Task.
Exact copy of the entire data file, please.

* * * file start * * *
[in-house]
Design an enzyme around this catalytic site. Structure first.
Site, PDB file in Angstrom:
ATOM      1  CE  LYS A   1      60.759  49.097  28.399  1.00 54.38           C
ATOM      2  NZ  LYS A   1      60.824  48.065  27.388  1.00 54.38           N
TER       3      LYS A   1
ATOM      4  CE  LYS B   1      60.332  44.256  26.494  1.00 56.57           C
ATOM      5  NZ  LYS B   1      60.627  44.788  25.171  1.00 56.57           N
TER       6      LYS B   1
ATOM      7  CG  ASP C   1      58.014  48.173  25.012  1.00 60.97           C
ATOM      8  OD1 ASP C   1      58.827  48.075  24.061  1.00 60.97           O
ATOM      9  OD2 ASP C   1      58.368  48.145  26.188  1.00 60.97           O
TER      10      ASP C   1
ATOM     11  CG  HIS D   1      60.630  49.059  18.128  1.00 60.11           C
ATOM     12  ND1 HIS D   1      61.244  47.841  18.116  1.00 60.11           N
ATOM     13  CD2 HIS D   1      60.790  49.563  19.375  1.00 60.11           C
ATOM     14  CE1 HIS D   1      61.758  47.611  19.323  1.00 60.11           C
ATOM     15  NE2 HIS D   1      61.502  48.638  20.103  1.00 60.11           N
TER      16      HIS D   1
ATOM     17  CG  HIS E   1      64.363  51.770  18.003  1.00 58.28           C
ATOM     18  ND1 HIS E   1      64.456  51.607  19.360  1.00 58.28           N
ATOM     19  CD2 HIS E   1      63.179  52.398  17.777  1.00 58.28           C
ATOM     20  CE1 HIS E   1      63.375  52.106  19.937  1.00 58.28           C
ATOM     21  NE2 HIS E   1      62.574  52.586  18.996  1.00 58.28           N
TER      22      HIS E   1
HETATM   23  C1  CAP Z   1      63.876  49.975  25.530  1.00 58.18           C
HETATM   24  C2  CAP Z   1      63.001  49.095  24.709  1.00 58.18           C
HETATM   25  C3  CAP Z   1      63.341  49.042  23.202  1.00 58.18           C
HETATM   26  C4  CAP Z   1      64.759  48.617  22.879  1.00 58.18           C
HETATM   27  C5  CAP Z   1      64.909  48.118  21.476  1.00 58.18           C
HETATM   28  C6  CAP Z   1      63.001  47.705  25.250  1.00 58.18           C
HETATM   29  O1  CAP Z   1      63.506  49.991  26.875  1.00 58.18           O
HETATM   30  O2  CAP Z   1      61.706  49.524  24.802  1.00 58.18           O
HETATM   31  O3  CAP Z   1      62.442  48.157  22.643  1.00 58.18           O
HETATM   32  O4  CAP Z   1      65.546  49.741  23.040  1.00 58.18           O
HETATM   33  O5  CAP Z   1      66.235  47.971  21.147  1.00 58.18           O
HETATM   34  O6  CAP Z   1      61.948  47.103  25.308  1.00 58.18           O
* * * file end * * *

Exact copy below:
[in-house]
Design an enzyme around this catalytic site. Structure first.
Site, PDB file in Angstrom:
ATOM      1  CE  LYS A   1      60.759  49.097  28.399  1.00 54.38           C
ATOM      2  NZ  LYS A   1      60.824  48.065  27.388  1.00 54.38           N
TER       3      LYS A   1
ATOM      4  CE  LYS B   1      60.332  44.256  26.494  1.00 56.57           C
ATOM      5  NZ  LYS B   1      60.627  44.788  25.171  1.00 56.57           N
TER       6      LYS B   1
ATOM      7  CG  ASP C   1      58.014  48.173  25.012  1.00 60.97           C
ATOM      8  OD1 ASP C   1      58.827  48.075  24.061  1.00 60.97           O
ATOM      9  OD2 ASP C   1      58.368  48.145  26.188  1.00 60.97           O
TER      10      ASP C   1
ATOM     11  CG  HIS D   1      60.630  49.059  18.128  1.00 60.11           C
ATOM     12  ND1 HIS D   1      61.244  47.841  18.116  1.00 60.11           N
ATOM     13  CD2 HIS D   1      60.790  49.563  19.375  1.00 60.11           C
ATOM     14  CE1 HIS D   1      61.758  47.611  19.323  1.00 60.11           C
ATOM     15  NE2 HIS D   1      61.502  48.638  20.103  1.00 60.11           N
TER      16      HIS D   1
ATOM     17  CG  HIS E   1      64.363  51.770  18.003  1.00 58.28           C
ATOM     18  ND1 HIS E   1      64.456  51.607  19.360  1.00 58.28           N
ATOM     19  CD2 HIS E   1      63.179  52.398  17.777  1.00 58.28           C
ATOM     20  CE1 HIS E   1      63.375  52.106  19.937  1.00 58.28           C
ATOM     21  NE2 HIS E   1      62.574  52.586  18.996  1.00 58.28           N
TER      22      HIS E   1
HETATM   23  C1  CAP Z   1      63.876  49.975  25.530  1.00 58.18           C
HETATM   24  C2  CAP Z   1      63.001  49.095  24.709  1.00 58.18           C
HETATM   25  C3  CAP Z   1      63.341  49.042  23.202  1.00 58.18           C
HETATM   26  C4  CAP Z   1      64.759  48.617  22.879  1.00 58.18           C
HETATM   27  C5  CAP Z   1      64.909  48.118  21.476  1.00 58.18           C
HETATM   28  C6  CAP Z   1      63.001  47.705  25.250  1.00 58.18           C
HETATM   29  O1  CAP Z   1      63.506  49.991  26.875  1.00 58.18           O
HETATM   30  O2  CAP Z   1      61.706  49.524  24.802  1.00 58.18           O
HETATM   31  O3  CAP Z   1      62.442  48.157  22.643  1.00 58.18           O
HETATM   32  O4  CAP Z   1      65.546  49.741  23.040  1.00 58.18           O
HETATM   33  O5  CAP Z   1      66.235  47.971  21.147  1.00 58.18           O
HETATM   34  O6  CAP Z   1      61.948  47.103  25.308  1.00 58.18           O